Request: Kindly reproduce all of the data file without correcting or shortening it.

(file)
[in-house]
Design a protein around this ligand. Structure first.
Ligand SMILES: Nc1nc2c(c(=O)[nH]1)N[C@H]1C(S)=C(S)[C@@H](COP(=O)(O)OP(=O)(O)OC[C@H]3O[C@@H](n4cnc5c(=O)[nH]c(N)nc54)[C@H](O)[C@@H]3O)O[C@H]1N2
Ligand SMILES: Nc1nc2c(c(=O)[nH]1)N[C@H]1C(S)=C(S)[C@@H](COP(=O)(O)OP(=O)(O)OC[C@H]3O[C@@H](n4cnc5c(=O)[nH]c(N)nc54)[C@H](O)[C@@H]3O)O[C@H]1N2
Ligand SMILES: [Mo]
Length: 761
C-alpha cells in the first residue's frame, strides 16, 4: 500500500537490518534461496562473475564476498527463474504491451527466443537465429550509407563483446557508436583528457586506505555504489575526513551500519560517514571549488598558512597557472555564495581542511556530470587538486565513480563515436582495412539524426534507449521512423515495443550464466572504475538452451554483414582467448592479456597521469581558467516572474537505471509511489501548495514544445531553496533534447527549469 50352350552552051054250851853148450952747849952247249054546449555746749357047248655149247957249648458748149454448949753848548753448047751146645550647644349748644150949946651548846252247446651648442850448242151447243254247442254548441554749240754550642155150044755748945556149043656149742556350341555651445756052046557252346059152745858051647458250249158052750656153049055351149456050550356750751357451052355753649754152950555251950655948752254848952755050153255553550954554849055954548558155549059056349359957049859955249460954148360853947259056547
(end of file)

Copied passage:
[in-house]
Design a protein around this ligand. Structure first.
Ligand SMILES: Nc1nc2c(c(=O)[nH]1)N[C@H]1C(S)=C(S)[C@@H](COP(=O)(O)OP(=O)(O)OC[C@H]3O[C@@H](n4cnc5c(=O)[nH]c(N)nc54)[C@H](O)[C@@H]3O)O[C@H]1N2
Ligand SMILES: Nc1nc2c(c(=O)[nH]1)N[C@H]1C(S)=C(S)[C@@H](COP(=O)(O)OP(=O)(O)OC[C@H]3O[C@@H](n4cnc5c(=O)[nH]c(N)nc54)[C@H](O)[C@@H]3O)O[C@H]1N2
Ligand SMILES: [Mo]
Length: 761
C-alpha cells in the first residue's frame, strides 16, 4: 500500500537490518534461496562473475564476498527463474504491451527466443537465429550509407563483446557508436583528457586506505555504489575526513551500519560517514571549488598558512597557472555564495581542511556530470587538486565513480563515436582495412539524426534507449521512423515495443550464466572504475538452451554483414582467448592479456597521469581558467516572474537505471509511489501548495514544445531553496533534447527549469 50352350552552051054250851853148450952747849952247249054546449555746749357047248655149247957249648458748149454448949753848548753448047751146645550647644349748644150949946651548846252247446651648442850448242151447243254247442254548441554749240754550642155150044755748945556149043656149742556350341555651445756052046557252346059152745858051647458250249158052750656153049055351149456050550356750751357451052355753649754152950555251950655948752254848952755050153255553550954554849055954548558155549059056349359957049859955249460954148360853947259056547